01 January 2018

The Canadian Private Fleet Rebounds (Slightly) in 2017

by Adam Hunt

Some growth returned to the Canadian private civil aircraft fleet in 2017, after a flat year in 2016. In 2017 the private fleet grew by 101 aircraft, which is 0.35%, while the overall civil aircraft fleet grew by 135 aircraft or 0.37%.

This is the best growth rate we have seen since 2014, but far off the peak growth pace in 2008, just before the recession hit, when the private fleet grew at a peak rate of 3.2%. As the accompanying graph shows, this is the first sign of a reversal from the drop in growth seen due to the 2008-10 recession. In all cases the numbers seem to reflect a cautiously growing Canadian economy, but the low dollar has also had some effects, as can be seen in the number of certified aircraft exported.

The US economy continued to do well in 2017 and its dollar remained fairly high against the Canadian dollar. With the Canadian dollar ending the year at 80 cents US, this resulted in a net flow of used certified aircraft out of Canada, mostly to US buyers.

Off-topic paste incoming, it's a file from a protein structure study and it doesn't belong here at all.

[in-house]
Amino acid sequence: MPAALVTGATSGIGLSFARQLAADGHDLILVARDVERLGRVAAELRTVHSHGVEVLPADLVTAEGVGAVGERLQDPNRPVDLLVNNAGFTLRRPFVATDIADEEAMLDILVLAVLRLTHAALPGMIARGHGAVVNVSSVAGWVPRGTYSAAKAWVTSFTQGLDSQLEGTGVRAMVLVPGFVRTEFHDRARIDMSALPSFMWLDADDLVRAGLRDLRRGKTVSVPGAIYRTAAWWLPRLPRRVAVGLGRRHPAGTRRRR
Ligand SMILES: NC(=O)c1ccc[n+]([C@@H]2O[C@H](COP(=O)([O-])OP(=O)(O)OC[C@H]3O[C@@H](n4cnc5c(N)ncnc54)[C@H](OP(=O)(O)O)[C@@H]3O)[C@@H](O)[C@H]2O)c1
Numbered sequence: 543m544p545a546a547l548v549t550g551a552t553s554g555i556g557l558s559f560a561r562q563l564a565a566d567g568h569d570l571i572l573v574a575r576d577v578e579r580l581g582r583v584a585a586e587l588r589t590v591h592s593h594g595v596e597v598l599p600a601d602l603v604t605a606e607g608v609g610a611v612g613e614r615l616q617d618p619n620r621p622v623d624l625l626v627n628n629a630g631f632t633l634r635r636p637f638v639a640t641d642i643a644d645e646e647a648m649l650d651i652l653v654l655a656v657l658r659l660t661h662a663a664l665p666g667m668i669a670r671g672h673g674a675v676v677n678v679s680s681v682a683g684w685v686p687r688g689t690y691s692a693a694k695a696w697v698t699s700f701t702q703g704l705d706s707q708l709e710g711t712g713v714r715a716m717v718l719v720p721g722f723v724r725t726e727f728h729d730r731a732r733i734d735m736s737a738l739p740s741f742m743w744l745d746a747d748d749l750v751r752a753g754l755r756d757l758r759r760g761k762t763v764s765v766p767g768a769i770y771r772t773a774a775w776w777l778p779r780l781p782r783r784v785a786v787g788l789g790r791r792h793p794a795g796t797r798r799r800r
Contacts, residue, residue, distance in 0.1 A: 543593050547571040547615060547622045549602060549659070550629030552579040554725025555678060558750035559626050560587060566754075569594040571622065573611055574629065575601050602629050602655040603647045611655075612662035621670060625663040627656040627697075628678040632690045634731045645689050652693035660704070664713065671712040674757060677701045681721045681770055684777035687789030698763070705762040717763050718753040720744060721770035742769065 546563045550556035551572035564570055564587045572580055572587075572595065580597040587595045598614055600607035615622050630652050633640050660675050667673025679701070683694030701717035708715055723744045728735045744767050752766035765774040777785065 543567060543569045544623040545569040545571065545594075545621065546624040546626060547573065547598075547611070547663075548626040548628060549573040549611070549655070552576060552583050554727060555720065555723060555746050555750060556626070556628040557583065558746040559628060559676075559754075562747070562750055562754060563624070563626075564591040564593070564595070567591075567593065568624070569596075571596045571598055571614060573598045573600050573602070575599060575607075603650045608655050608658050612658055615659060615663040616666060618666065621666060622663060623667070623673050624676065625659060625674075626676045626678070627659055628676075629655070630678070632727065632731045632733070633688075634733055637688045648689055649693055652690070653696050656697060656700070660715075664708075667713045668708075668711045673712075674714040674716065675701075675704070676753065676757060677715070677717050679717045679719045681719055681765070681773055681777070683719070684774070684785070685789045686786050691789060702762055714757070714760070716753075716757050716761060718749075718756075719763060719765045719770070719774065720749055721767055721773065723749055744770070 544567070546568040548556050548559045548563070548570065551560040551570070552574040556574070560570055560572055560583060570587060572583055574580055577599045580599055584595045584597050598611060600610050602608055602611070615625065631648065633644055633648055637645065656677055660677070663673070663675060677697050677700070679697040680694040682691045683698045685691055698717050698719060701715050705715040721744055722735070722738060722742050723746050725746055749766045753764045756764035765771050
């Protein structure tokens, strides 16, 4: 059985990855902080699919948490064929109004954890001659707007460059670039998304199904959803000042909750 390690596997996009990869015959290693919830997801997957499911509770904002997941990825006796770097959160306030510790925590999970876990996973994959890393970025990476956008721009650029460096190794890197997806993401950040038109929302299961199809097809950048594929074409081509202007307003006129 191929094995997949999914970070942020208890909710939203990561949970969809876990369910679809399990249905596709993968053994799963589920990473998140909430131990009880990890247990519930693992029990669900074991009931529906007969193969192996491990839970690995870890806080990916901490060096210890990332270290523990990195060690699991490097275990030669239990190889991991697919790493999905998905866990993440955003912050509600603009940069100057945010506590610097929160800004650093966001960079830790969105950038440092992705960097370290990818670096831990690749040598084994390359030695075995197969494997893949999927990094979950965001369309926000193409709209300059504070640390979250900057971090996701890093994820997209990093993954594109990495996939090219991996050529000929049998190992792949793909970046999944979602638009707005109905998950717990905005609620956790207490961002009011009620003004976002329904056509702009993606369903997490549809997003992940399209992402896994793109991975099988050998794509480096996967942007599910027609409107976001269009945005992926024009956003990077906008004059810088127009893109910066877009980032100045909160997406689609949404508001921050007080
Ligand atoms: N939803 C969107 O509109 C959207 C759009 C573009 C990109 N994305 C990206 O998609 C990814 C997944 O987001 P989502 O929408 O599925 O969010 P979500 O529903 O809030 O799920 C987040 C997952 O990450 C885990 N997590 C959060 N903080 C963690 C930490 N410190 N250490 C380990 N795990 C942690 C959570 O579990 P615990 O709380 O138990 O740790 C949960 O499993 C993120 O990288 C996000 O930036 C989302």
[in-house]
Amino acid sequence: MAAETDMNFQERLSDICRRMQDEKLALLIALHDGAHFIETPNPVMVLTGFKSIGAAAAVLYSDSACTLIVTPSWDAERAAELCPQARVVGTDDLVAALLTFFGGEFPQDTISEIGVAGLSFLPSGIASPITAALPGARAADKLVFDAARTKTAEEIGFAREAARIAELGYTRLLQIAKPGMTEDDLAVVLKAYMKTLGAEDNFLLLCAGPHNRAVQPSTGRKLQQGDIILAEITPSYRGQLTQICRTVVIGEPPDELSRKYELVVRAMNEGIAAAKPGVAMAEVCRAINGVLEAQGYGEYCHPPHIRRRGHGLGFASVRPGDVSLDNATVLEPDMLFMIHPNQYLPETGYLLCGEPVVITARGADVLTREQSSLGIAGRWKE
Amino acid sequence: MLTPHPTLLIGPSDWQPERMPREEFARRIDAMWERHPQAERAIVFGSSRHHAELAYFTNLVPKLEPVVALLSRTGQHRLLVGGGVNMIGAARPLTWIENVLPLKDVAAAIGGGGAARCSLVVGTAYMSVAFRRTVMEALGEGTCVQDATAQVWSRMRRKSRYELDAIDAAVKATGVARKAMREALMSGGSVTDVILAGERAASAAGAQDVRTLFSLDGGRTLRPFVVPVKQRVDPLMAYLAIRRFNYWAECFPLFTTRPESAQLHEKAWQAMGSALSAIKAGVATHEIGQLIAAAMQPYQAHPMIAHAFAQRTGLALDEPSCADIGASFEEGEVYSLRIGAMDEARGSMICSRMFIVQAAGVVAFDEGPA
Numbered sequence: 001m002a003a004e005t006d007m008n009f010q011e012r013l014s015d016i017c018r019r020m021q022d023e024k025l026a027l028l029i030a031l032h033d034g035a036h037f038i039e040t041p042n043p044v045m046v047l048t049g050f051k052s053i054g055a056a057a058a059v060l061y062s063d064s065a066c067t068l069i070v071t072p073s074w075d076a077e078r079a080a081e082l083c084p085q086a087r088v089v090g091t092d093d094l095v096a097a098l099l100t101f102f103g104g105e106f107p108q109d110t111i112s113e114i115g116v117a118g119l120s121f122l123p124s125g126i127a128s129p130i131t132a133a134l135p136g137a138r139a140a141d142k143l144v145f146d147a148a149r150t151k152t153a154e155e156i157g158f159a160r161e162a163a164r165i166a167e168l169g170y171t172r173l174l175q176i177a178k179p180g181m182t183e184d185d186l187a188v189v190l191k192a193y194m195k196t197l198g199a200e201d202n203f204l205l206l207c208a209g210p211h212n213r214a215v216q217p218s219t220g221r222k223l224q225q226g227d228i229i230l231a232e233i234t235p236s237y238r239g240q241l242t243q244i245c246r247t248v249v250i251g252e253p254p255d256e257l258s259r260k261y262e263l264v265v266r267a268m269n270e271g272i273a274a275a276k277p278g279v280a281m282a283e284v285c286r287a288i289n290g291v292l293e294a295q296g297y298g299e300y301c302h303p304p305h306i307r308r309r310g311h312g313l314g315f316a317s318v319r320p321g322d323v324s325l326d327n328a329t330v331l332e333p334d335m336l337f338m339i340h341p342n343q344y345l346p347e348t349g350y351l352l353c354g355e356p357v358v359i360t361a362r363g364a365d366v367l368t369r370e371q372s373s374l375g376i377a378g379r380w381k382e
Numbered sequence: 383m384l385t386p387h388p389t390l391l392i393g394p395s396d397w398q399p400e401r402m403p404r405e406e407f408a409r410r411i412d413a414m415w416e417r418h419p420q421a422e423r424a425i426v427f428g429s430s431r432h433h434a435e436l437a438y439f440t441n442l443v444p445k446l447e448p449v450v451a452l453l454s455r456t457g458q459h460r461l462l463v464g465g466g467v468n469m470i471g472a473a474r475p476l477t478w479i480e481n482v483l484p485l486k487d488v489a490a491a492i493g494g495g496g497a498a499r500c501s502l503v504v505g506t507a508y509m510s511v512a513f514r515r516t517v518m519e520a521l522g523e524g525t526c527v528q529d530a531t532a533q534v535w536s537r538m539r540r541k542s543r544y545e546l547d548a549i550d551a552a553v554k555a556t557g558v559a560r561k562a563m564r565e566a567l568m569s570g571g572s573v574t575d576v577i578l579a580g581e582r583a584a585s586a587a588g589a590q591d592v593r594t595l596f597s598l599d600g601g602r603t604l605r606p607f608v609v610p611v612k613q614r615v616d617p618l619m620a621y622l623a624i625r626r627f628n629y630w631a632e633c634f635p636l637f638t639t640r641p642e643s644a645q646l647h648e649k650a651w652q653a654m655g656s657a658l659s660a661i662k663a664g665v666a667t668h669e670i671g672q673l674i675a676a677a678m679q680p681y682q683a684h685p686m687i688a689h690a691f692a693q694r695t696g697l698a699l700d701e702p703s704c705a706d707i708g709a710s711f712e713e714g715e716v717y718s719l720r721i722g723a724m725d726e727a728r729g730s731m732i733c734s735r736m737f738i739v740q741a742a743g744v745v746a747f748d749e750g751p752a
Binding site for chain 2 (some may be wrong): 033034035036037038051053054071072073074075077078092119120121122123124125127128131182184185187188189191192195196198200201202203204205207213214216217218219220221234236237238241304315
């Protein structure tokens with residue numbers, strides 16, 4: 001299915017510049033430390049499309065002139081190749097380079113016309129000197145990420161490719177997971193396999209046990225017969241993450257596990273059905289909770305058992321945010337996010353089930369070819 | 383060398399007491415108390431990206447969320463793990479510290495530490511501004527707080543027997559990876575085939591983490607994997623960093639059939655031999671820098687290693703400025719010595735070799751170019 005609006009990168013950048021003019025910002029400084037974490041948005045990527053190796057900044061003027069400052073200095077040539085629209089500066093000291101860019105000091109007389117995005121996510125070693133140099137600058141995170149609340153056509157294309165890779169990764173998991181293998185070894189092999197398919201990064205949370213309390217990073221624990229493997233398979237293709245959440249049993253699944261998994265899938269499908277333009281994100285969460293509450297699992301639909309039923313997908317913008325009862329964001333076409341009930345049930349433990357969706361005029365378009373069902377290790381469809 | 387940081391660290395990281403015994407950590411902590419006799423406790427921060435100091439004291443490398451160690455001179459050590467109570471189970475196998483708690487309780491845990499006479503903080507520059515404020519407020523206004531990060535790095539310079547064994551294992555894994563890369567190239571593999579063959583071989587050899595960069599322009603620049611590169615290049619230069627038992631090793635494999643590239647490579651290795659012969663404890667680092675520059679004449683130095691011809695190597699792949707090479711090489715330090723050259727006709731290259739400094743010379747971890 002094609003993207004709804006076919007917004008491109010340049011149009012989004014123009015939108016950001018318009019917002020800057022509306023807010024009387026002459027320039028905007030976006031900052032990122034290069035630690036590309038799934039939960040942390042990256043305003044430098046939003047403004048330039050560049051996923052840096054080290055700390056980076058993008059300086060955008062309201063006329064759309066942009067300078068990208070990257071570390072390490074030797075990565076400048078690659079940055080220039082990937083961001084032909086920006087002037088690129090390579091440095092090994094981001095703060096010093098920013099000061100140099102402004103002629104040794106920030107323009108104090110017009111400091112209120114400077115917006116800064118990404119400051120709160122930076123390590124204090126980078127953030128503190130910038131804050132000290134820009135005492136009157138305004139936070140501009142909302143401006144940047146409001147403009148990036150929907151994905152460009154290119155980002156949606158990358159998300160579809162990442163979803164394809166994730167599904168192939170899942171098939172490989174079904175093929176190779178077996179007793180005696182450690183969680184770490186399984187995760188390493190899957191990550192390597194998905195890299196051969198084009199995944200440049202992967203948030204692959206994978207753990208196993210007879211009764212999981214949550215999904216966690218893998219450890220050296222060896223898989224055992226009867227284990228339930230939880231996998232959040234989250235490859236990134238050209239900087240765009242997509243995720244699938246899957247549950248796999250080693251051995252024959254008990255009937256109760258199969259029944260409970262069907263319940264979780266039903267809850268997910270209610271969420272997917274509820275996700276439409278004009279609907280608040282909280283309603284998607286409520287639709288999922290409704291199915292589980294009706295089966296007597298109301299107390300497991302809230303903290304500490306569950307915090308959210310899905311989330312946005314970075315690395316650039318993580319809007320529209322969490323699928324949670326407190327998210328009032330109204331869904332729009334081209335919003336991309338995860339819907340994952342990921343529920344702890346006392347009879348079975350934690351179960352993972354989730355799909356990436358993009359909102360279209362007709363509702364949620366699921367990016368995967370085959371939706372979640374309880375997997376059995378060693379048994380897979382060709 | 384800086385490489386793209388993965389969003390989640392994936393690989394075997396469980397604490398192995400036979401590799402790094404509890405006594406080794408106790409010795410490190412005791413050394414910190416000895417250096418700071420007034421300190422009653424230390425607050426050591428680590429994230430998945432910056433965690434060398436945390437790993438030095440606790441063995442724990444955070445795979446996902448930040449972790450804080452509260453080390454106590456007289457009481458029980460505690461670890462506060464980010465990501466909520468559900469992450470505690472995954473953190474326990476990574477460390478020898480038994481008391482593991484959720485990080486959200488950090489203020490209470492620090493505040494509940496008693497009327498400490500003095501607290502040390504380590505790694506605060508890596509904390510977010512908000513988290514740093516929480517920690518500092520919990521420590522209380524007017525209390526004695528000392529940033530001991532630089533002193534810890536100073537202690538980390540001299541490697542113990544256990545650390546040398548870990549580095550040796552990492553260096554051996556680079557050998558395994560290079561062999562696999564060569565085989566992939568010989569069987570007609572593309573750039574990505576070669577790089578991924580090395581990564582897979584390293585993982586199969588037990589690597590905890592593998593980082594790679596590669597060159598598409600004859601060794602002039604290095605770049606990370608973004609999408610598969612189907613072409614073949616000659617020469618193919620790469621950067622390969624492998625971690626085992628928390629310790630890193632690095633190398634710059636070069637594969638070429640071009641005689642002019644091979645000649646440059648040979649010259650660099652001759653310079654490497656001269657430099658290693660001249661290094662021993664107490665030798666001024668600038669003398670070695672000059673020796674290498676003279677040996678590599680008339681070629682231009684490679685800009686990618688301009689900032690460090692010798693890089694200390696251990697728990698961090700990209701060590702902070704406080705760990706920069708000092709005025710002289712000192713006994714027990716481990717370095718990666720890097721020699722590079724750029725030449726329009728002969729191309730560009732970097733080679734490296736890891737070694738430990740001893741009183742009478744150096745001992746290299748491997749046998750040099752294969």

In 2017 the total Canadian civil fleet increased in size by 135 aircraft. The private segment of the fleet increased by 101 aircraft in 2017, while the commercial aircraft fleet increased by 32 aircraft and the state fleet, those aircraft owned by the various levels of government in Canada, grew by two aircraft.

Certified Aircraft

Certified aircraft had been leading the growth in private aircraft for a number of years when the Canadian dollar was high, but that trend changed in 2015 when we lost 103 certified aircraft and accelerated in 2016 with the falling Canadian dollar, as we lost 161 certified aircraft. In 2017 we lost 69 certified aircraft.

In 2017 the changes to the private certified fleet were made up of a reduction of 80 airplanes, while helicopters increased by seven and gliders increased by three. Private certified balloons were up by one.

There were 16,063 private certified aircraft at the end of 2017, out of a total of 29,371 private aircraft registered or 55%.

Basic Ultralights

BULAs were once again where the growth was in private aviation in 2017, as the case has been for several years. During the year the category increased by 98 aircraft, only down slightly from the growth of 101 in 2015 and 104 in 2016. There were 6,218 BULAs registered at the end of 2017.